Peter Salmon, Director of the National Center for Deaf-Blind Youths and Adults, reviewed the new provisions being made for this group, and Robert Dantona, Coordinator for Centers and Services for deaf-blind children in the Department of HEW told of the progress being made to provide real help to these long-neglected people.

Tuesday morning's session concluded with a most interesting and practical presentation on the subject of financing an affiliate, presented by Phil Houghtelin, Chairman of the Special Committee on Finance, Minnesota Organization of the Blind. Mr. Houghtelin not only described in detail his successful plan of securing contributions from foundations, but actually prepared and gave to each state affiliate a brailled list of foundations in each state. This involved a tremendous amount of work and all who must deal with fundraising will be most grateful.

On Tuesday afternoon Jim Omvig, of the Iowa Commission for the Blind, presented an outstanding paper on "State and Local Affiliates: the Viewpoint of an Attorney". After sketching the activities of the NFB, Jim dealt with such things as incorporation of state and local affiliates; are they compelled to pay taxes; the dissolution clause; tax returns and tax-deductible contributions to organizations; and licensing of fundraising activities. This paper was so packed full of concrete suggestions and explanations that it is printed in full elsewhere in this issue.

Bonifacio Yturbide of California reported on the formal organization of the blind lawyers group of the NFB. He outlined a number of proposed projects designed to assist students and lawyers alike. The Convention went on record as giving full support to this effort.


Manuel Urena served as the chairman of a hard-working committee which did an excellent job in drafting some nine resolutions which were adopted by the Convention. Full texts of these resolutions will be found elsewhere in this issue of The Monitor.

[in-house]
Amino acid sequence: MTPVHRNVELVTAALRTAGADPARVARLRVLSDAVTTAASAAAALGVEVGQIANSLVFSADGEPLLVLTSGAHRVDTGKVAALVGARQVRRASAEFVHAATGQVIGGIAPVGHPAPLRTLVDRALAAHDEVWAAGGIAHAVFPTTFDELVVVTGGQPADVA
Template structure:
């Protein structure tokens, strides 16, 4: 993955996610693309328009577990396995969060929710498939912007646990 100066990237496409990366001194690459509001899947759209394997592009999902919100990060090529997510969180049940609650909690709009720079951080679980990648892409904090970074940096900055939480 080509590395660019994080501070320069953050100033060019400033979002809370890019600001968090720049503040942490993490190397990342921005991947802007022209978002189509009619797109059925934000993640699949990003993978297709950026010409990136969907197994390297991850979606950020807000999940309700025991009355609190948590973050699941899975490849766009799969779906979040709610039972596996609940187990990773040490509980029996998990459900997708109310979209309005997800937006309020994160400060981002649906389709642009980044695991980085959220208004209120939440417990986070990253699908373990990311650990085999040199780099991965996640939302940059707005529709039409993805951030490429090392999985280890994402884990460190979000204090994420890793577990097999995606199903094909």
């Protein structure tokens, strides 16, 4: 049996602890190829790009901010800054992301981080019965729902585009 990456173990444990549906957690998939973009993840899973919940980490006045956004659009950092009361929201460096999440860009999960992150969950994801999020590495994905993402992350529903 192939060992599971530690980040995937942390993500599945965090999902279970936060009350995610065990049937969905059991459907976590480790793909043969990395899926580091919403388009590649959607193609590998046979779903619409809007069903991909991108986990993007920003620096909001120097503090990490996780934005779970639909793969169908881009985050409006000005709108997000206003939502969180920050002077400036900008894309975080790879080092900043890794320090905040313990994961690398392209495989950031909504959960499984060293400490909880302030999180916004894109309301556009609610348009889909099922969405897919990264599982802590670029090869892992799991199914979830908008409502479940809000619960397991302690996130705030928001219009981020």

Legislation in the 91st Congress

John Nagle, Chief of the Washington Office, gave his usual vigorous presentation of NFB-sponsored bills in the current Congress. A run-down of this pending legislation was printed in the June, 1970 issue of The Braille Monitor. John stressed the importance of pending amendments to the Wagner-O'Day Act concerning the purchase of blind-made products by the Government, and the proposed amendments to the Randolph-Sheppard Act governing vending stand operations. John discussed the House of Representatives' version of the NFB-sponsored Disability Insurance for the Blind bill. The House decided to eliminate the requirement of twenty out of the last forty quarters of covered employment for blind persons to be eligible for cash disability benefits. As a result, blind persons who are fully insured and who are not engaged in substantial gainful activity will be eligible for cash benefits. Nagle pointed out that the NFB would press hard in the Senate for provisions incorporating all of the features of the Burke Bill and spoke of the House action as giving us "crumbs". The President of the NFB reminded John that these were rather expensive "crumbs" since the Government estimates that some 30,000 blind persons will be made eligible for disability cash benefits costing some $25 million the first year. During the course of his report, Nagle asked Perry Sundquist to give the details of the pending Family Assistance Plan and the proposed 1970 Amendments to the Social Security Act. After John concluded, some 2,000 copies of the Presidential Proclamation on the White Cane were distributed. [The full text of this Proclamation is given elsewhere in this issue of The Monitor.]